Four Pillars of Inclusion
Recently I attended a meeting of the Inclusive Education Community of Practice, a group hosted by the Global Campaign for Education - US (GCE-US). The meeting topic was "effective advocacy" with a panel featuring three former senior officials from the World Bank, the Global Partnership for Education, and the U.S. Agency for International Development (USAID).
Bob Prouty, Don Steinberg, and Emily Vargas-Baron spoke on the questions, “What does effective advocacy look like from the inside of a donor agency?" and "What efforts led to significant and substantive changes in the behavior and practice of your agency’s leaders and staff, and ultimately, shaped its programming?”
During the session, Don Steinberg, former USAID deputy administrator during the Obama Administration, shared a four-pillar model of inclusion from his experience at USAID.
Check out a short recap of his remarks in this video:
The Inclusive Education Community of Practice was launched earlier this year as an effort to increase the DC facing advocacy around inclusive education as well as respond to the demand for conversation around inclusive education. I was introduced to the group when the co-chair, Anna Martin, Disability Inclusive Education Advocacy Officer at GCE-US, moderated a session at the World Bank Civil Society Policy Forum during the Spring Meetings. This COP focuses on “advocacy and knowledge sharing that results in funding for disability-inclusive education,” said Anna, in announcing the COP’s formation. The goal is to move disability-inclusive education “from the margins to the very center of all education funded programs and activities” in countries around the world.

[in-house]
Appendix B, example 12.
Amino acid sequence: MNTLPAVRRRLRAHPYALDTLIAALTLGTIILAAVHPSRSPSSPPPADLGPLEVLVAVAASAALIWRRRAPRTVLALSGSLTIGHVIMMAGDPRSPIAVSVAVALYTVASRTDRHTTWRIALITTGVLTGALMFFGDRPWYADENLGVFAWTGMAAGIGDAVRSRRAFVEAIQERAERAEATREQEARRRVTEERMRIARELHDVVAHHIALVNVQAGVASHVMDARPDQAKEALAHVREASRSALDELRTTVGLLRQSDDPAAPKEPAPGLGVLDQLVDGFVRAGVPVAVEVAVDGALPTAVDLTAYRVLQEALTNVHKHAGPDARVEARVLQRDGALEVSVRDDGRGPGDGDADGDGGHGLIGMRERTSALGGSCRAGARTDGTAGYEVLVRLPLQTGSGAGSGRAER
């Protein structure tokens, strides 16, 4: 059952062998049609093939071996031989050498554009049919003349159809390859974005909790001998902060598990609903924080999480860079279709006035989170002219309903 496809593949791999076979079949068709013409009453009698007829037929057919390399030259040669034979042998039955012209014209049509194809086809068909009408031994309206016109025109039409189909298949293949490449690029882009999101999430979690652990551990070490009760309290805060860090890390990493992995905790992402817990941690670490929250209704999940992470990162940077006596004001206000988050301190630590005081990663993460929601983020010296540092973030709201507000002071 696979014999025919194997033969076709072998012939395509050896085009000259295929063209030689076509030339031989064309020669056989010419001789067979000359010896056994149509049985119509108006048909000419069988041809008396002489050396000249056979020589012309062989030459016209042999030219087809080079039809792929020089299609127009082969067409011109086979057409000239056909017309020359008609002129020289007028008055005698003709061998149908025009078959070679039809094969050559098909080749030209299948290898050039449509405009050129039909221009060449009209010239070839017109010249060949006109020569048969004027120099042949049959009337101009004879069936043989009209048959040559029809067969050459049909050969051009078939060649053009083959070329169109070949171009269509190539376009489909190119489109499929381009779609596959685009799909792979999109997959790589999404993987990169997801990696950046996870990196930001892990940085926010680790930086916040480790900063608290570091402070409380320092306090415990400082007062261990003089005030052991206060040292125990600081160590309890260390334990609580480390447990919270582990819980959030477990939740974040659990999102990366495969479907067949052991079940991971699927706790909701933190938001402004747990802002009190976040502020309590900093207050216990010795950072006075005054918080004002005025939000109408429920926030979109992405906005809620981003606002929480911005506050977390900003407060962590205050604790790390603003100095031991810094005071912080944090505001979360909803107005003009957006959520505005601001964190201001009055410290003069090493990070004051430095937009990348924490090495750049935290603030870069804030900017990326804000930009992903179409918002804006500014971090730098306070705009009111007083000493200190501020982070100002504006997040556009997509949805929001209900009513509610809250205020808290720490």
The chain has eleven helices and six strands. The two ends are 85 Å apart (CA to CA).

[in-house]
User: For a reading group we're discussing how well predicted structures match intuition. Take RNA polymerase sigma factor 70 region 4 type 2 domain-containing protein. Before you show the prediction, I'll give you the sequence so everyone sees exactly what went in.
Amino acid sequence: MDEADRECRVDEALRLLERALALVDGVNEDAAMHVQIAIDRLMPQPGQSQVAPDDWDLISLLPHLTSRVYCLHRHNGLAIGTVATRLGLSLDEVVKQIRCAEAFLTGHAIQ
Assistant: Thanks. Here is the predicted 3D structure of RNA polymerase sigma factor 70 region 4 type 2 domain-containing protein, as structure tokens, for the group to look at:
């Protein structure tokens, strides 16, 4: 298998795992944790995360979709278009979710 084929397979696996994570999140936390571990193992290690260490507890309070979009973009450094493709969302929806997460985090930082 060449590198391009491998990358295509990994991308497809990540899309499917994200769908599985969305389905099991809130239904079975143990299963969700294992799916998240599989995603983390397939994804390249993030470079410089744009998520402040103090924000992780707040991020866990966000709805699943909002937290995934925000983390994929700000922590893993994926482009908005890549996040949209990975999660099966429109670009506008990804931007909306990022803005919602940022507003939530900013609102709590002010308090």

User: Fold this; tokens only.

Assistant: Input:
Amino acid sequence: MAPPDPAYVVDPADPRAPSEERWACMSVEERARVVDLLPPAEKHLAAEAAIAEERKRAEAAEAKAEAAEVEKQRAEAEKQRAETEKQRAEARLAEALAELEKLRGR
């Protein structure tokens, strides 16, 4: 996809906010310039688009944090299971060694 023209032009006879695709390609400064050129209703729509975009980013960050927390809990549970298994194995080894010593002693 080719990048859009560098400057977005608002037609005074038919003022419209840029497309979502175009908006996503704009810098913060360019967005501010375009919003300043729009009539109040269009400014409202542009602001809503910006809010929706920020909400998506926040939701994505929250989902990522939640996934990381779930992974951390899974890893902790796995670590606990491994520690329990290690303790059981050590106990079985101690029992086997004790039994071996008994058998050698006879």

Is inclusion part of your work? Please contact Beth Offenbacker if you have any resources that you find useful for facilitating inclusive practices or policies at the community or organizational level (or both). Read the original blog post here.